• Revisiting important content helps pupils to understand underlying concepts and the bigger ideas which transcend individual lessons and topics. This can be achieved through specific activities or through carefully-crafted explanations.

  • Stories are particularly effective in history – both individual stories and those with broader themes. Often, the combination of both supports conceptual development.

  • In Reception, stories are used particularly effective in teaching vocabulary and concepts.

  • In less effective lessons, teachers do not always consider what pupils need to know to make sense of the material or engage meaningfully. This can result in time-intensive activities and guesswork, which can itself lead to misconceptions and gaps in knowledge.

  • Time-intensive tasks reduce curriculum time available to teaching more content. This limits the overall potential for breadth and depth in the curriculum. This can affect what is possible in other subjects, like geography, if history is timetabled so that curriculum time is shared across the year.

  • In less effective practice, teachers rarely revisit what pupils have previously been taught. Sometimes, material is revisited but it has not been selected for its purpose, limiting the usefulness of such an exercise.

  • Pupils with SEND are generally not very well supported in terms of how gaps in their knowledge are planned for. Support is often more addressed at task completion rather than how content will be learned, and the impact of gaps on this.


  • In around half of the sample schools, pupils’ knowledge is assessed so that teachers can identify what has been learned and what gaps exist in their knowledge.

  • In the most effective schools, teachers had a shared understanding of the key content in which pupils need to be secure. Teachers in these schools regularly check for understanding of new content to identify and address gaps quickly. Sometimes, key content is returned to regularly to ensure it is retained and secure.

  • In around one third of schools, the way assessment practices have been implemented means that teachers are not supported well to identify and close gaps.

  • Assessment practices vary across schools. Commonly, assessment practices do not provide sufficiently detailed or useful information about what pupils know.

  • Oftentimes, broad labels for assessment are used without moderation or discussion between teachers about what these labels mean. Such labelling fails to take into account the explicit knowledge required by pupils to make progress.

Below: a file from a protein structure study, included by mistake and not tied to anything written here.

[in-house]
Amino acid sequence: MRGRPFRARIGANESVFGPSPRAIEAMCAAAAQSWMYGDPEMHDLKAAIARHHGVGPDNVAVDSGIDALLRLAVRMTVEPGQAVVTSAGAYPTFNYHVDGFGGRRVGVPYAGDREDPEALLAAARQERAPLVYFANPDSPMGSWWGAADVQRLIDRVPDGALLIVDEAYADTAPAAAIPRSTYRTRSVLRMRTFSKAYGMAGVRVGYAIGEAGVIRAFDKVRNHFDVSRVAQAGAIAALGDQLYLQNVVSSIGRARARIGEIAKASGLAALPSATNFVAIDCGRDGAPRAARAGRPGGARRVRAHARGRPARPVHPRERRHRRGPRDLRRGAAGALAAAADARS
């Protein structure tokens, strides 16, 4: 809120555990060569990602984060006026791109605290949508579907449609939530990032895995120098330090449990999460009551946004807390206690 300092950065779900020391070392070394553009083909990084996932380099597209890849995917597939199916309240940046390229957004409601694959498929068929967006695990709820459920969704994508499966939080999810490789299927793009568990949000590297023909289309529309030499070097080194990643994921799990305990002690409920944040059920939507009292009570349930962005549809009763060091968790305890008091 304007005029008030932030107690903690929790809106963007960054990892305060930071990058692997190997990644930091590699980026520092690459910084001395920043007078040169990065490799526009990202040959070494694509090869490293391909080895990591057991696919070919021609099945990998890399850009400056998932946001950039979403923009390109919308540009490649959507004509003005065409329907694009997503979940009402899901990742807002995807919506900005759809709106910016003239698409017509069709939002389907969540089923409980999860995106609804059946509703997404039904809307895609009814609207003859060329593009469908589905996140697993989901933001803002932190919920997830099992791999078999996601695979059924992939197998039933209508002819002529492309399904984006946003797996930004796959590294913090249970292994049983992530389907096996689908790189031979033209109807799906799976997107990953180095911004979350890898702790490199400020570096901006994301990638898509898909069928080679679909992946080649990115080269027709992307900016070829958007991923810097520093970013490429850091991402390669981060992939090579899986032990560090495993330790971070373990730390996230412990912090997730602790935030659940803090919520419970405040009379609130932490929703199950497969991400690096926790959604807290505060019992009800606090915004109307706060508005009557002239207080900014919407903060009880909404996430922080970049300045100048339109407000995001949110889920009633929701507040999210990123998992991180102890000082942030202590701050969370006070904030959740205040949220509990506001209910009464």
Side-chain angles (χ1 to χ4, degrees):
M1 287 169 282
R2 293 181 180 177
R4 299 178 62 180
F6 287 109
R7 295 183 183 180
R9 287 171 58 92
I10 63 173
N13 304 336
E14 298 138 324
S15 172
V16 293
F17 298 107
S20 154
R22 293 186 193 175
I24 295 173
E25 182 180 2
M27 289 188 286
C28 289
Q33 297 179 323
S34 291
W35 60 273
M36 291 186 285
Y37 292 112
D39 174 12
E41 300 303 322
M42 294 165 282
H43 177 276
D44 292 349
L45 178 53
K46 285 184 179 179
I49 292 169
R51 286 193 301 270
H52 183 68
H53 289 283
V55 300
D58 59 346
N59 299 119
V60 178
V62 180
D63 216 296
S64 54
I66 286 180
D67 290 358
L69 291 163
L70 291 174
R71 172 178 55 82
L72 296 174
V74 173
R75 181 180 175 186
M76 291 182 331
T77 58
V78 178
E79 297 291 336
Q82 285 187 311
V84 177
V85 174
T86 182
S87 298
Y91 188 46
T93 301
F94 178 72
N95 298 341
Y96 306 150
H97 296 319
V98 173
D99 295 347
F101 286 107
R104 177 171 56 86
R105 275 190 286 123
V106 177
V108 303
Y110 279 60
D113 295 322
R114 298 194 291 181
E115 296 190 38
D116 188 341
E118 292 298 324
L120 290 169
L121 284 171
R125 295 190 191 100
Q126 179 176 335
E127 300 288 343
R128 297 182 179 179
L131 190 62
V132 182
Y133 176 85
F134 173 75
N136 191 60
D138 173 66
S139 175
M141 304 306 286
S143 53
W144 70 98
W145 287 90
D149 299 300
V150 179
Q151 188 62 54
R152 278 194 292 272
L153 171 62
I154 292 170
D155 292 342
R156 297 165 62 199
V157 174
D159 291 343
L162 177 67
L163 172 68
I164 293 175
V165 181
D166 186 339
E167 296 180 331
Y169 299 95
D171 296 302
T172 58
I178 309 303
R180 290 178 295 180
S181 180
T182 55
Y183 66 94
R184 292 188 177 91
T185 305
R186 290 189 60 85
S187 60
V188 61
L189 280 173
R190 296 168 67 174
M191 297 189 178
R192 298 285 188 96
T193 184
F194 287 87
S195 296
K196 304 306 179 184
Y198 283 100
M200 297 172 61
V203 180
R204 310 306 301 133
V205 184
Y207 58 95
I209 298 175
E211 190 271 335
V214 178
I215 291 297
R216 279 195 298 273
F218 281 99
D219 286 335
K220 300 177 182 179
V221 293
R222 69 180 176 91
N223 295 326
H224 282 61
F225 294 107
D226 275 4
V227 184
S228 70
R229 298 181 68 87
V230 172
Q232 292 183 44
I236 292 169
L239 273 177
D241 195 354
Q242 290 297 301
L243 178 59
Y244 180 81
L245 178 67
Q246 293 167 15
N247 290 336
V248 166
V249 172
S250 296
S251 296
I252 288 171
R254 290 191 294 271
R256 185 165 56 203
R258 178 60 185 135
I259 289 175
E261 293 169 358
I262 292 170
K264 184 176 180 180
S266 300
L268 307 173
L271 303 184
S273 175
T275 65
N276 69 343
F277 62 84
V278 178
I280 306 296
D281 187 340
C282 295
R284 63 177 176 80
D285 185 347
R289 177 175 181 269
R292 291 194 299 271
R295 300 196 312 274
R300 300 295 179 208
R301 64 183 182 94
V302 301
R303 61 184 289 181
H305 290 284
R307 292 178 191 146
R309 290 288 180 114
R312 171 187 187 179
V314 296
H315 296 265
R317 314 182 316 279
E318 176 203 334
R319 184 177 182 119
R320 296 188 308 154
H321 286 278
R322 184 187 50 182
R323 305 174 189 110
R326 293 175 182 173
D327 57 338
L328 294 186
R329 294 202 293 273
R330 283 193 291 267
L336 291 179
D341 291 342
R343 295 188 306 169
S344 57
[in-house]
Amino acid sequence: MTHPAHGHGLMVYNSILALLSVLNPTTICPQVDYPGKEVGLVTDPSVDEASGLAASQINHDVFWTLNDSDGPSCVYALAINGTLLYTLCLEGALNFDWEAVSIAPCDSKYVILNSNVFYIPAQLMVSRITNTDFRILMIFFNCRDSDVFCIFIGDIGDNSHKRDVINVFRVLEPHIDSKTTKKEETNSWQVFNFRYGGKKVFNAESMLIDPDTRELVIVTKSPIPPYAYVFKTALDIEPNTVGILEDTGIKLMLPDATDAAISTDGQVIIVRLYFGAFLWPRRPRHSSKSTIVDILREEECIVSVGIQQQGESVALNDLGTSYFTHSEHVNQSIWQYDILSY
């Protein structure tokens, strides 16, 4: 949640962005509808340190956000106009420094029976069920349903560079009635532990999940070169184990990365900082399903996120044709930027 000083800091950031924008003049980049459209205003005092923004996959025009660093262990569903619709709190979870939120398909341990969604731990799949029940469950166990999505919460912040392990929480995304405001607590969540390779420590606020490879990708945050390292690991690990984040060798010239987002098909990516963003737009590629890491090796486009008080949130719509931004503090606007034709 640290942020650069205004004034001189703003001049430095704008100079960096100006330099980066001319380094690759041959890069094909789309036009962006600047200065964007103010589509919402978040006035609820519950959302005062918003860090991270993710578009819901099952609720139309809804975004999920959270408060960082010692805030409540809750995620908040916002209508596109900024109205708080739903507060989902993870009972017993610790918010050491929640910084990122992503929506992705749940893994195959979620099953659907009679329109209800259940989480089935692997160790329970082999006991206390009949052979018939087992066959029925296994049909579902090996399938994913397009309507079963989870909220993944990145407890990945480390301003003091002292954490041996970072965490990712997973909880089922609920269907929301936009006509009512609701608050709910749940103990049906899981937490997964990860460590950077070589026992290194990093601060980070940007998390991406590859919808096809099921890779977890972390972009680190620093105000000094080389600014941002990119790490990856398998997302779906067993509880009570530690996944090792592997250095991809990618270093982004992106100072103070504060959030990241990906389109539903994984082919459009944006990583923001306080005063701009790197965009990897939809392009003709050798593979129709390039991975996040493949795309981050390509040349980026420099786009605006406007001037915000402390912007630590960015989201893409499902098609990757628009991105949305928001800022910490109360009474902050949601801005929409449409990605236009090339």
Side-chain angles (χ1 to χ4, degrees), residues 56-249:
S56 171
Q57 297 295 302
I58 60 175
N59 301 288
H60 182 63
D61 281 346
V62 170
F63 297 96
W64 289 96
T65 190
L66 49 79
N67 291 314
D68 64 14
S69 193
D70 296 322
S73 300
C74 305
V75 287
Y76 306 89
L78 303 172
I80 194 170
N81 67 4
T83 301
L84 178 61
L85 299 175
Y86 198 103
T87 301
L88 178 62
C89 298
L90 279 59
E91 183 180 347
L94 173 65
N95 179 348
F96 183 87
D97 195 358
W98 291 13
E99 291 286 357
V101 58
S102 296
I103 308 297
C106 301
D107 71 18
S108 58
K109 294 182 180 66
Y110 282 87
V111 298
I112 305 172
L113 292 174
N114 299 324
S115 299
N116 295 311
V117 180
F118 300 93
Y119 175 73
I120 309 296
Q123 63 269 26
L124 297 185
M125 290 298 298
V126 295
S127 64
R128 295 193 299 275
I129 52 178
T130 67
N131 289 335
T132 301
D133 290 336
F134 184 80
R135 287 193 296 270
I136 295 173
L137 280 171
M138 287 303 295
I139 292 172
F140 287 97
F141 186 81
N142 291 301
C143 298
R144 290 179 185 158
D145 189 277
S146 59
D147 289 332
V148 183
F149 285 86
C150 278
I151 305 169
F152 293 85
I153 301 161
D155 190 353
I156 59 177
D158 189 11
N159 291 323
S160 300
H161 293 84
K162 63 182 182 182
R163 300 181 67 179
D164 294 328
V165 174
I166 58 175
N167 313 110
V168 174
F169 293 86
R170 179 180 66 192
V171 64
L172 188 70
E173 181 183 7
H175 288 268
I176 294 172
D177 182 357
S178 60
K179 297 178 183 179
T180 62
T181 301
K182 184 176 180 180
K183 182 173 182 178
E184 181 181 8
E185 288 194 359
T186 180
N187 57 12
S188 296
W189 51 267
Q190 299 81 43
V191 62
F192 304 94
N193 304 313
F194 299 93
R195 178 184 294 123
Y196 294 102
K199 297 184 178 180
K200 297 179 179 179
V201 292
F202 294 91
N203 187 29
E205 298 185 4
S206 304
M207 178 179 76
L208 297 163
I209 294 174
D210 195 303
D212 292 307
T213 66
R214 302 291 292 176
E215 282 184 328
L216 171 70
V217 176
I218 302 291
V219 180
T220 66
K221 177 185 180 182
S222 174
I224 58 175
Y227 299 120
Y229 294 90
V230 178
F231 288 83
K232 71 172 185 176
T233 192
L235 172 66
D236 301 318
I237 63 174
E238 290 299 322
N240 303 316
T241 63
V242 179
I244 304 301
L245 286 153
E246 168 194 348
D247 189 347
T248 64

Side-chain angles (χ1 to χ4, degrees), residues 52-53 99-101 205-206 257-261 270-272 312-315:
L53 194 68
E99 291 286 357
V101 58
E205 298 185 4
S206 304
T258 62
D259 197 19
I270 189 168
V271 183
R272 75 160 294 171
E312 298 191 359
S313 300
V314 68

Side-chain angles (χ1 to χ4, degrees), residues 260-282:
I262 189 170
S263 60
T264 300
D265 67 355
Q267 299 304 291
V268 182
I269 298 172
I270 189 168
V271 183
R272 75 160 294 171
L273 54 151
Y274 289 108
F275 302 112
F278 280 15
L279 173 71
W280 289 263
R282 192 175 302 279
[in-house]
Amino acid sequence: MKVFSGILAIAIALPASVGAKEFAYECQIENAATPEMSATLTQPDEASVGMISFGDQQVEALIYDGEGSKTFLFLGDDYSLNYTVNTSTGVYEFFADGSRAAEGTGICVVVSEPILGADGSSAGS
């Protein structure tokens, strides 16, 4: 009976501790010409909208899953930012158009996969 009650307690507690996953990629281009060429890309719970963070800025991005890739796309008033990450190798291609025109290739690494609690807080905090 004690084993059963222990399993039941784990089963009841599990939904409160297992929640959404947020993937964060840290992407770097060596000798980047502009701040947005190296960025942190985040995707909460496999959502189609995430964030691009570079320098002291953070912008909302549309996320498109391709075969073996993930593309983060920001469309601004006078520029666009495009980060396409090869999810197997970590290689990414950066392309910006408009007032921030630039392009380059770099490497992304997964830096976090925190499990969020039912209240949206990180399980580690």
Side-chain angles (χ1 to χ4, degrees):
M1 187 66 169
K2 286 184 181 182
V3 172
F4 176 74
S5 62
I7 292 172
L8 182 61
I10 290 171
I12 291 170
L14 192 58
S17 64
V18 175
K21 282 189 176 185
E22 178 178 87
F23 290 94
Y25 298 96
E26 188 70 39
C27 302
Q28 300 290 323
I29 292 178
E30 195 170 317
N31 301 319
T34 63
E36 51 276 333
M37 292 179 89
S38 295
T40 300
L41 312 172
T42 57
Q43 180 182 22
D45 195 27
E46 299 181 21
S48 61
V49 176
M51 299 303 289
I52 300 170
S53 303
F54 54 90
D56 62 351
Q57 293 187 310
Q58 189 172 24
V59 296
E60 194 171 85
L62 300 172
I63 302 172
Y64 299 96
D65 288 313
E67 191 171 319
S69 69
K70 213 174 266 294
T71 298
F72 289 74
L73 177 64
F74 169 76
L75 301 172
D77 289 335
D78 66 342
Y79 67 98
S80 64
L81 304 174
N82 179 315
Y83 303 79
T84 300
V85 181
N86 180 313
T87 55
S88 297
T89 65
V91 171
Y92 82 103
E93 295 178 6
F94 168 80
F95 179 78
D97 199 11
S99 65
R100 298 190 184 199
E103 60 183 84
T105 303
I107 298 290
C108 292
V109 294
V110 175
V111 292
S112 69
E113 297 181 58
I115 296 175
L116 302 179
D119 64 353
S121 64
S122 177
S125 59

• Poor proxies for learning, such as presentation or engagement, can sometimes be used by teachers when making assessments.

  • Where teachers make assessments against broad and vague descriptors such as ‘being able to ask historical questions’, pupils’ knowledge is not being adequately assessed. Moreover, the impact of feedback given by teachers to pupils is often imprecise.


  • Policies should reflect and be adapted to the distinctive nature of history.

  • It is typical to teach history for one whole afternoon per week; this is sometimes due to teachers using time-intensive pedagogies.

  • Whole-school decisions have typically improved the quality of history education – especially in creating time for building subject knowledge by reducing workload commitments elsewhere.

  • However, some decisions are less effective; where assessment procedures do not take into account the nature of history, teachers often lack the necessary flexibility to make effective assessments. For example, using broad assessment descriptors does not reflect what pupils know.

  • Superficial application of general pedagogy or curriculum design principles does not ensure that all pupils will be successful: all policies need to take the distinctive nature of history into account.

  • The effectiveness of quality assurance varies between schools. It is more effective when it focuses on the features of high-quality history education.


  • In most schools, teachers have sufficient knowledge of what they are teaching. This is impressive due to the demands of subject knowledge from across a wide curriculum.

  • It is helpful for schools to provide guidance and resources to support teachers to develop subject knowledge. In more than half of schools, there is no additional time provided for this. Some teachers need to conduct extensive research to prepare themselves to teach topics.

  • Content choices in the curriculum are sometimes informed by staff subject knowledge. This can limit curriculum development.

  • Subject leads typically receive history-specific CPD; teachers rarely receive training on what it means to make progress in history.

  • Teachers typically lack sufficient expertise in how to assess pupils in history. School guidance does not always help.

  • In most schools, teachers lacked expertise in teaching disciplinary knowledge.

  • Subject leaders typically have very little additional time and support to help carry out their roles.


🤔 Secondary


Planning for Knowledge

  • Curricula are more successful when prior knowledge is built upon and existing understanding is developed by the new content. Increasingly complex understanding is developed over time.

  • History is mainly taught as a separate topic. Where this is not the case, such as teaching combined humanities, it limits the history content pupils are taught.